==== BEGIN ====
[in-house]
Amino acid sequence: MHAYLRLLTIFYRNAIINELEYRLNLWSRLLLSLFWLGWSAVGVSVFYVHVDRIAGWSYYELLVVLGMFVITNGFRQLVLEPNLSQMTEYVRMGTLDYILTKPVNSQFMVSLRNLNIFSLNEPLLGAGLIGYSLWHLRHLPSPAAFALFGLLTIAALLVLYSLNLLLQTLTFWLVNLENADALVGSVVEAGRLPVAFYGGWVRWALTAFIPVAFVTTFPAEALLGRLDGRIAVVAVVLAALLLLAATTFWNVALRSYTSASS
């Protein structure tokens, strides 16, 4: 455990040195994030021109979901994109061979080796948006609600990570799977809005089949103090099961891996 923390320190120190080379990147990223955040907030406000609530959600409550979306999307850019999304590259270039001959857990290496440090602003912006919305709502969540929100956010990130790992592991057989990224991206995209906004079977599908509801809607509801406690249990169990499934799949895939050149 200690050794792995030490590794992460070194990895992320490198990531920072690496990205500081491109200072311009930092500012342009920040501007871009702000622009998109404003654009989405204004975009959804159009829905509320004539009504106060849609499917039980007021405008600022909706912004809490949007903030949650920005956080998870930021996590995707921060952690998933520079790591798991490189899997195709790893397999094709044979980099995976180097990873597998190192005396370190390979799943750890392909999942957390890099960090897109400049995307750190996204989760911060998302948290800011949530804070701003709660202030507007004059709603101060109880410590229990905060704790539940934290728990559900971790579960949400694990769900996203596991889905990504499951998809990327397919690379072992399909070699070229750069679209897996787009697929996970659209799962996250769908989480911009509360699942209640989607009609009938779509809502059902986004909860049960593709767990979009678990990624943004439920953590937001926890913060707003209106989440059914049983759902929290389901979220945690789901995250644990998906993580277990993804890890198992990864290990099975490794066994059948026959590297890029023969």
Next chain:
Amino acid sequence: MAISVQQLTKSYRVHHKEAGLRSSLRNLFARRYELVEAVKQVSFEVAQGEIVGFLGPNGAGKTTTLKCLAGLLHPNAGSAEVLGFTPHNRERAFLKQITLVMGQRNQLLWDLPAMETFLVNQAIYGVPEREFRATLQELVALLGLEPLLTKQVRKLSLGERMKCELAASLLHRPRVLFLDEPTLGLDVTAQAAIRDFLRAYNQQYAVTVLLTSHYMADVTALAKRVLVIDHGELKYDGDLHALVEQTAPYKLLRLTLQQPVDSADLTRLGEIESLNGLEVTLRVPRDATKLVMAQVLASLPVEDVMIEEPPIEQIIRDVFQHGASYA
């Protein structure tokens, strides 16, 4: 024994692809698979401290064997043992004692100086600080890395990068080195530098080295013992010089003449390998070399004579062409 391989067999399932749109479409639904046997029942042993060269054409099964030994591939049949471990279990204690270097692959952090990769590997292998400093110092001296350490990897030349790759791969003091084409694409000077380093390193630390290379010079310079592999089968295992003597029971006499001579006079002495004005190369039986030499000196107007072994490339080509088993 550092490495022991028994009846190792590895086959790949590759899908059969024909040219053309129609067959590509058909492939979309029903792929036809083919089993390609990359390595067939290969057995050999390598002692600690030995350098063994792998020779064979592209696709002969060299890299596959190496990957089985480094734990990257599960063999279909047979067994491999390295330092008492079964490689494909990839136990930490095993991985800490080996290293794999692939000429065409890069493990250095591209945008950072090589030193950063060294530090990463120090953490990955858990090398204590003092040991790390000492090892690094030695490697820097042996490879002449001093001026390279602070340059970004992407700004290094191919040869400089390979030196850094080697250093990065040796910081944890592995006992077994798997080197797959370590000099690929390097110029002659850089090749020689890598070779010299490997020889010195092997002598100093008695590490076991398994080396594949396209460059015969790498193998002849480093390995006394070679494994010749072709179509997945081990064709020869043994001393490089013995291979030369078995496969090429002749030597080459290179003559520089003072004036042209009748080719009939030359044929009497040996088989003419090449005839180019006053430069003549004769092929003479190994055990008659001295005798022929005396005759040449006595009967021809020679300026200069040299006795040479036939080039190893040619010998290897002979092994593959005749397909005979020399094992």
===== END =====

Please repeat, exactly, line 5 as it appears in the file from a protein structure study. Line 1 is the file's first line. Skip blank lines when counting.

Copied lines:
Amino acid sequence: MAISVQQLTKSYRVHHKEAGLRSSLRNLFARRYELVEAVKQVSFEVAQGEIVGFLGPNGAGKTTTLKCLAGLLHPNAGSAEVLGFTPHNRERAFLKQITLVMGQRNQLLWDLPAMETFLVNQAIYGVPEREFRATLQELVALLGLEPLLTKQVRKLSLGERMKCELAASLLHRPRVLFLDEPTLGLDVTAQAAIRDFLRAYNQQYAVTVLLTSHYMADVTALAKRVLVIDHGELKYDGDLHALVEQTAPYKLLRLTLQQPVDSADLTRLGEIESLNGLEVTLRVPRDATKLVMAQVLASLPVEDVMIEEPPIEQIIRDVFQHGASYA